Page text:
"Truly? I had thought that you might disapprove, since in your conversation with Andreth you spoke of such unions as fraught with sorrow."
"So I did, and so it shall be, for we still live in Arda Marred, my friend, yet it seems that Ilúvatar desires His sundered Children to unite with one another once again. May you have joy."
Aragorn smiled. For a while, neither spoke. Outside, there was a soft challenge and response as the watch was changed, then silence. Finally, Aragorn asked, "What is it like to rule over others?"
"Hmm. Well, as to that, it is service. It is the willingness to bear with the foolish, even the sycophants with as much patience as you do with those you judge to be worthy. There will be those who seek your favor in order to advance themselves, as well as those who truly need your help. You must endeavor not to let such people embitter you, for if you do, you will not be able to rule with mercy or justice. Do not fear to ask for aid from trusted counselors, for no one possesses all the wisdom needed for such service. However, when you have listened and considered well, do not fear to speak with authority, for it is upon your shoulders that the realm rests. It is a heavy burden, so allow yourself to be upheld by Ilúvatar."
"Yet you yourself laid down the burden."
"I did and would do so again, for I deemed that my oath to Barahir and his house surpassed even my oath of kingship."
"May I know why?"
Finrod leaned forward slightly, his expression earnest. "The relationship between king and subject is a compact, Aragorn. The king provides protection and guidance to his people. The subject provides service and counsel to the king. It is a dance, but it also involves obligation. When Barahir rescued me in the Fen of Serech, he laid on me the onus of aid at need. If I had not fulfilled that oath, I would have broken the compact between his house and mine and therefore with all the people under my care."
"Are you ready for the morrow?"
"I doubt it, but it will come whether I will it or no."
"Are you unwilling then?"
"Not unwilling, for, as you said earlier, we have labored long for this day. Yet I sometimes wonder if I am adequate to the task."
"Good, for if you were beyond doubt, you could not understand the needs of your subjects. None of us within Arda can see all the consequences of our choices and actions, not even the Valar, but, as I said before, let Ilúvatar uphold you. His sight is clear. Your childhood name was not given in vain, I deem."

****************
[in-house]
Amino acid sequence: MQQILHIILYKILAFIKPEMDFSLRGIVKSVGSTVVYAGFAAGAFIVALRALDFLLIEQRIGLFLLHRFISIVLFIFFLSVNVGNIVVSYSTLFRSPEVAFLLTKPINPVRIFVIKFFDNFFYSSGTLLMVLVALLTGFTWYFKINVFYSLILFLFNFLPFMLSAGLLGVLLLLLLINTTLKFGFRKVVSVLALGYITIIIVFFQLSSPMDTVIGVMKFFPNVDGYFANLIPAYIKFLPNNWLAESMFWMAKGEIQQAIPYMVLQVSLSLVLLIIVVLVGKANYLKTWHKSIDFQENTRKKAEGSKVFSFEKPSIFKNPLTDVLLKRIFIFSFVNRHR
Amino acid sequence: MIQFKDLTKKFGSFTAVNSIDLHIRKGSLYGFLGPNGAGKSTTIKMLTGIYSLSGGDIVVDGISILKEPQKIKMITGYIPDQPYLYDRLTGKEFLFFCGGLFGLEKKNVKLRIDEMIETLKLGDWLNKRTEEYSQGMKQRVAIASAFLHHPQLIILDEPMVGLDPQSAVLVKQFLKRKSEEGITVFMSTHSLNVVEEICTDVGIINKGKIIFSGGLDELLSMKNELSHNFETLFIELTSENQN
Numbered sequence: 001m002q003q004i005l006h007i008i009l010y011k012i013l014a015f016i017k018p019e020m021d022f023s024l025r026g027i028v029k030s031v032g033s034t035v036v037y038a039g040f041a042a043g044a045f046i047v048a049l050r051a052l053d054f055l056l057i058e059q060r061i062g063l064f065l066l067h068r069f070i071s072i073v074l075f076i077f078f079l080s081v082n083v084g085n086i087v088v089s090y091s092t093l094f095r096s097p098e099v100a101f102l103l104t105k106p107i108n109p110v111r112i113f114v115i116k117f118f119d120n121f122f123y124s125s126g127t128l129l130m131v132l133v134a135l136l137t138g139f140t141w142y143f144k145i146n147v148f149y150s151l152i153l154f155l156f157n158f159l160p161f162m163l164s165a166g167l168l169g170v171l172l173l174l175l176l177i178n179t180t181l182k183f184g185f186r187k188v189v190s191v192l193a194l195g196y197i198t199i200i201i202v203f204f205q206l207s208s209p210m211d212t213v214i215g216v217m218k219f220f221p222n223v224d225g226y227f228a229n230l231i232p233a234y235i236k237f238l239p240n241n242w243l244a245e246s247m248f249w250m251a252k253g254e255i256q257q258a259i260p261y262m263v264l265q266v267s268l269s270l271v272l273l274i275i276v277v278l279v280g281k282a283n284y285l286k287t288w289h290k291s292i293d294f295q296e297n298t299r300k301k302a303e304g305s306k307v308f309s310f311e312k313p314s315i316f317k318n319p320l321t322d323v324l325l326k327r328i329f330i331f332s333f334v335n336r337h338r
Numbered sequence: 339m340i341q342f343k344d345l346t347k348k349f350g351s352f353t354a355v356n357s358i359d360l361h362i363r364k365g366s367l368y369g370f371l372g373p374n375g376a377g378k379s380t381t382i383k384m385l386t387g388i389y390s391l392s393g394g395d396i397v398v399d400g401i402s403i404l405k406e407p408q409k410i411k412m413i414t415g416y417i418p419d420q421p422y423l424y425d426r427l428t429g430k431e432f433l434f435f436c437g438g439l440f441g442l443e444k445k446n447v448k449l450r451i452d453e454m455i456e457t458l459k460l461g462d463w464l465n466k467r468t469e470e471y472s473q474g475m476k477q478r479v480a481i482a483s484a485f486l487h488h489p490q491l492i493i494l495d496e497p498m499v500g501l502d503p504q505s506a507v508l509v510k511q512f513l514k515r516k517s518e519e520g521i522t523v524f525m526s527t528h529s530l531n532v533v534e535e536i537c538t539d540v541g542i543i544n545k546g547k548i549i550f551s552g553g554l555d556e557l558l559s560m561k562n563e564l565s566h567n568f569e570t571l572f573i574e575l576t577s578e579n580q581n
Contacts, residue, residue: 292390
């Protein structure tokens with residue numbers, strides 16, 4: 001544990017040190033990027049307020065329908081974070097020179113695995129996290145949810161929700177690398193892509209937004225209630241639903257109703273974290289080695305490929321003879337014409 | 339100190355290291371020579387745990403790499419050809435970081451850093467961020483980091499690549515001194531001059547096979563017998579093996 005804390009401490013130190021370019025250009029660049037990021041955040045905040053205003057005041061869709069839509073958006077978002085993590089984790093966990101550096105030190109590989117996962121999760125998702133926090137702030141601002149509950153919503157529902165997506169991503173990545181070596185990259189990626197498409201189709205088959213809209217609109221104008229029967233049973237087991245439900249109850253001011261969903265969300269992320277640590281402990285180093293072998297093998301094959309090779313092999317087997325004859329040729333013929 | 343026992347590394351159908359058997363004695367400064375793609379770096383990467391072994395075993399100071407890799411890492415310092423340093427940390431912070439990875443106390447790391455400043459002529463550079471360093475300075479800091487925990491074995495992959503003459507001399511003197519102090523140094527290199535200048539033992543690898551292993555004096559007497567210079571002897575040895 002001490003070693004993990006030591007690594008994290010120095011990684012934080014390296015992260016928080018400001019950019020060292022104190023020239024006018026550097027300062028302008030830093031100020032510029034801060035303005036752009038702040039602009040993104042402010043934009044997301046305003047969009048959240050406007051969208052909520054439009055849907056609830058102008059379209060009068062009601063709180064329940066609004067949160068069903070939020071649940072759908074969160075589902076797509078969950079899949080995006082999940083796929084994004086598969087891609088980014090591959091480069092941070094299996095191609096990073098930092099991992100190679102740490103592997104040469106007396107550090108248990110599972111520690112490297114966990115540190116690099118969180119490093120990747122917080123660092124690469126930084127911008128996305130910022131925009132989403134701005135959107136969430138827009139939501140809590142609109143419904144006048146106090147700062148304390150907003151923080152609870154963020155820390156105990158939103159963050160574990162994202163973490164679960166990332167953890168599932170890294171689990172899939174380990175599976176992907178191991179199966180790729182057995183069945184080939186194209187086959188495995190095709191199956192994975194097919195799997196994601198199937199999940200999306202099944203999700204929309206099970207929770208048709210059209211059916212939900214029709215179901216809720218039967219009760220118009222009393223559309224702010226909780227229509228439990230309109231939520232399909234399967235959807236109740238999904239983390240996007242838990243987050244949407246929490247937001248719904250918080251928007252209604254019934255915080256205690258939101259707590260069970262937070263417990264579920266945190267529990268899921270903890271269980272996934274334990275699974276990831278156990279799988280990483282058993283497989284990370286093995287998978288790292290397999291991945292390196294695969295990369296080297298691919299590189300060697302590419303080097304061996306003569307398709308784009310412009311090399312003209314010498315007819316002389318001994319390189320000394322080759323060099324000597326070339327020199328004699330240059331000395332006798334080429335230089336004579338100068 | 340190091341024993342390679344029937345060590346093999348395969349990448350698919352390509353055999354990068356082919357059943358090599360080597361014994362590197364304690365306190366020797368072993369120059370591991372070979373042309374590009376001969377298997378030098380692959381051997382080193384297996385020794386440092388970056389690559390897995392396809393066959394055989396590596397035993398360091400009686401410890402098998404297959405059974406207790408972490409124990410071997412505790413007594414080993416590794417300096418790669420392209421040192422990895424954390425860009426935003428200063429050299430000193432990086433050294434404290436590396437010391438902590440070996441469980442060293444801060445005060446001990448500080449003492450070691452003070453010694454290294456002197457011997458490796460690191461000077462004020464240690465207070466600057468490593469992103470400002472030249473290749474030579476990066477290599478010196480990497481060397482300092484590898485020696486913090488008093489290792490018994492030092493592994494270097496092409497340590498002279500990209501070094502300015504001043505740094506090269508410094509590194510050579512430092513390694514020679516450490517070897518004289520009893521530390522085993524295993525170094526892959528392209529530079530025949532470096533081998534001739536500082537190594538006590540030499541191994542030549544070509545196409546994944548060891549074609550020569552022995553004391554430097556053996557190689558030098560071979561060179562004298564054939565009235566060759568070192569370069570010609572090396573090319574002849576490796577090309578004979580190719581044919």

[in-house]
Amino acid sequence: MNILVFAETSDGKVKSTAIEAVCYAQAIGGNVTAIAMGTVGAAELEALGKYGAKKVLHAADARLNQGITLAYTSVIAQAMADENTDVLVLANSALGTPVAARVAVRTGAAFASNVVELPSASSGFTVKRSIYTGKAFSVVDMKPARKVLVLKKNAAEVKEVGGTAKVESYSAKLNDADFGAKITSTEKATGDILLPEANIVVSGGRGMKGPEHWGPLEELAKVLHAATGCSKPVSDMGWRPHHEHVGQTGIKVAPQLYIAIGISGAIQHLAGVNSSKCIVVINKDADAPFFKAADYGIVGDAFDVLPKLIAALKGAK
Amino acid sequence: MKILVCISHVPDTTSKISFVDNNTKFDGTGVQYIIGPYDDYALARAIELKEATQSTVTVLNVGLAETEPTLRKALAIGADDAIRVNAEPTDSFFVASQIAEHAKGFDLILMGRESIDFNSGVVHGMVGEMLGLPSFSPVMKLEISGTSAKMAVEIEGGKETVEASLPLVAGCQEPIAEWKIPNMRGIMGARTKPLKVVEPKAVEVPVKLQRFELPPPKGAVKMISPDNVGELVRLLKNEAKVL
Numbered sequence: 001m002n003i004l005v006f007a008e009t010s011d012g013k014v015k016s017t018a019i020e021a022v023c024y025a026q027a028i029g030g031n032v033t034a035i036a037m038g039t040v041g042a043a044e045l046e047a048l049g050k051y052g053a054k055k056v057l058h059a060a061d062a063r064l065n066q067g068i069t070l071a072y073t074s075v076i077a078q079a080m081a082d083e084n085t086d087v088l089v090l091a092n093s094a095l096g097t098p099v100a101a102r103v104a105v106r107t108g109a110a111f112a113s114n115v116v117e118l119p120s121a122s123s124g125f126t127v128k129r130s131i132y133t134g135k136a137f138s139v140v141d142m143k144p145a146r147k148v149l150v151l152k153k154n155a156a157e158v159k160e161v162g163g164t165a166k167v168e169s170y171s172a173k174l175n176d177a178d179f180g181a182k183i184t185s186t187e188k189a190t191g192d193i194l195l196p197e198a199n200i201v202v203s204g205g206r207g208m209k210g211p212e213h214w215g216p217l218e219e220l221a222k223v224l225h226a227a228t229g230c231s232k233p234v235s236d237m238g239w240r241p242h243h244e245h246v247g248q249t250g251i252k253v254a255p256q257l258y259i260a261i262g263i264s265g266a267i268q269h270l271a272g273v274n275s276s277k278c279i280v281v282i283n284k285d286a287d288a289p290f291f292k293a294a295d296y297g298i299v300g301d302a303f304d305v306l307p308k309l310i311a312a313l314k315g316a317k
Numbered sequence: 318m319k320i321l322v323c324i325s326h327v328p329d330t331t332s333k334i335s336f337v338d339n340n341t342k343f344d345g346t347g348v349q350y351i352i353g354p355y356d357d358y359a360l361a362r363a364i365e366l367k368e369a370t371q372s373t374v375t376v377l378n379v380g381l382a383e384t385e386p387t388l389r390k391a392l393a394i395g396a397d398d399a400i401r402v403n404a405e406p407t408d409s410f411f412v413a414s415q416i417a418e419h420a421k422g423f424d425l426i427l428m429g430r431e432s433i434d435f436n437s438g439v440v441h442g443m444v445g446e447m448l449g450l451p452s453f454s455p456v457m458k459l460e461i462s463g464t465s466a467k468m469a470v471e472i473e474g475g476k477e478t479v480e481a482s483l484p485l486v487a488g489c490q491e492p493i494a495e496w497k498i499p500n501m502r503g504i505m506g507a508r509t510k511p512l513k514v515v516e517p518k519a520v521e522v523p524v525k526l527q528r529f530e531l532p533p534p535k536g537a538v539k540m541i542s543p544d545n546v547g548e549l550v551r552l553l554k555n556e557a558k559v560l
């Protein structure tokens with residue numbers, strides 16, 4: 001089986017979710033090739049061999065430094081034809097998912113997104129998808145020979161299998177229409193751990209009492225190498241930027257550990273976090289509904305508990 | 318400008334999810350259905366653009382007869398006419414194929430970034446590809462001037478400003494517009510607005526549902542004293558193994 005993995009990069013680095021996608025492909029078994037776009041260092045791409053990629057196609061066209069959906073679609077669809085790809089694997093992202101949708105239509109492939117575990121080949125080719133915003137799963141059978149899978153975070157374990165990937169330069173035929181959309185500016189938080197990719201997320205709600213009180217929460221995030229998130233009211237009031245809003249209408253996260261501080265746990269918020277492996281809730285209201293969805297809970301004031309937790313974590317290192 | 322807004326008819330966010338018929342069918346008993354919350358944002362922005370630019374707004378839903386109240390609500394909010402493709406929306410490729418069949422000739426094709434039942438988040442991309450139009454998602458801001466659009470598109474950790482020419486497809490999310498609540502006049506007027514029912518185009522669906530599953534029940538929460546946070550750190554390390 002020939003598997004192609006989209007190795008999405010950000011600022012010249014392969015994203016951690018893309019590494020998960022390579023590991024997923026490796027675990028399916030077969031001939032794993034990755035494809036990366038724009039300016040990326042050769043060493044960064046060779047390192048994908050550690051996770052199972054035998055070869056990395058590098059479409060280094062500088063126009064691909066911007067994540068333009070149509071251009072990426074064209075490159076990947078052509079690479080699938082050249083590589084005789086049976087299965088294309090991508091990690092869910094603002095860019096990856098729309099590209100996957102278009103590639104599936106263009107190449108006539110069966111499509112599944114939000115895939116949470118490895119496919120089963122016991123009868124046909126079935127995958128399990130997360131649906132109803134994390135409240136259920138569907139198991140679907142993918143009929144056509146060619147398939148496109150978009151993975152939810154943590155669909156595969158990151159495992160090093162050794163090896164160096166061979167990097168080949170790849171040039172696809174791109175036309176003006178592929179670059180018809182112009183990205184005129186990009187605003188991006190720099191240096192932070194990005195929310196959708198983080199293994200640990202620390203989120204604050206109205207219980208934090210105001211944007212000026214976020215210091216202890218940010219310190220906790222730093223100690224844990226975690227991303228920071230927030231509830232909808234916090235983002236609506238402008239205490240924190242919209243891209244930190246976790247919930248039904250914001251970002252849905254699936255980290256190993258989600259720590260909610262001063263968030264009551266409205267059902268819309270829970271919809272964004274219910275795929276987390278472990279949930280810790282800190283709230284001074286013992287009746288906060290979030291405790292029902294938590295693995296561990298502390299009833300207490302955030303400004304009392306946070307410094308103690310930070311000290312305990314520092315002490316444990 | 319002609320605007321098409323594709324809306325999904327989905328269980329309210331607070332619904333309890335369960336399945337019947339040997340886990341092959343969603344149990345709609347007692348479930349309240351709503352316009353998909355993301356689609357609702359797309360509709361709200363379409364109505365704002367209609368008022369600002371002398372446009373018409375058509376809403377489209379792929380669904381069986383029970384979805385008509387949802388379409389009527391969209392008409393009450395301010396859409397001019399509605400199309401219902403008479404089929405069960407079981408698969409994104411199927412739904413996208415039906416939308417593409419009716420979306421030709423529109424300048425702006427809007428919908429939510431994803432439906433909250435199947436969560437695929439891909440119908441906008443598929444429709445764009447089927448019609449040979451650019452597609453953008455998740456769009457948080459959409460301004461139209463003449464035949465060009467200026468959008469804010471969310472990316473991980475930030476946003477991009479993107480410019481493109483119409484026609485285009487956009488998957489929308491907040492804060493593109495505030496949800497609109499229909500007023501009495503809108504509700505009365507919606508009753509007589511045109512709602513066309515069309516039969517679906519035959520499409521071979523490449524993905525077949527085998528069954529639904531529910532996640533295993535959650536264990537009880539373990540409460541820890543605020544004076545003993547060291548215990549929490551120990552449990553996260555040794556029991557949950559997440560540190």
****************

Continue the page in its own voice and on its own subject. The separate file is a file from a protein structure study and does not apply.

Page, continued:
Aragorn chuckled. "May it be so."
"Will you rest now?"
"I will." Aragorn finished his wine, set the cup down, trimmed the lamp and went back to sit on his bed. Finrod came and sat on the floor as before. Picking up his harp, he began to play softly, as he had in the hills of Beleriand, beside the dying fire, to the folk of Bëor. Aragorn stretched out, and let the Friend of Men lay rest upon his mind and body. Tomorrow would be what it would be, and he gave thanks for the gift of this sending.
"You are welcome, Arathornion. Rest now."
And Aragorn son of Arathorn, who would be crowned Elessar Envinyatar Telcontar in but a few short hours, slept while the one-time King of Nargothrond continued to play.
* * *
Author's Note: This story was born out of a discussion with my friend Aglarendis. It almost wrote itself during a fierce autumn storm which kept me housebound. I am very grateful to God for such inspiration.
My thanks to my beta reader, Fiondil, who, among other things, gave me the final sentence, to Aglarendis and to J. R. R. Tolkien, whose genius has inspired me for over forty years.
To those who are interested in ósanwë, or the Elvish gift of interchange of thought, I highly recommend the fascinating essay called Ósanwë-kenta, found in the journal Vinyar Tengwar, No. 39. This also has a chilling and thought-provoking discussion as to why Manwë had to release Melkor from Mandos, which bears on Finrod's advice on kingship. Finrod's conversation with Andreth is found in Athrabeth Finrod ah Andreth in _Morgoth's Ring_.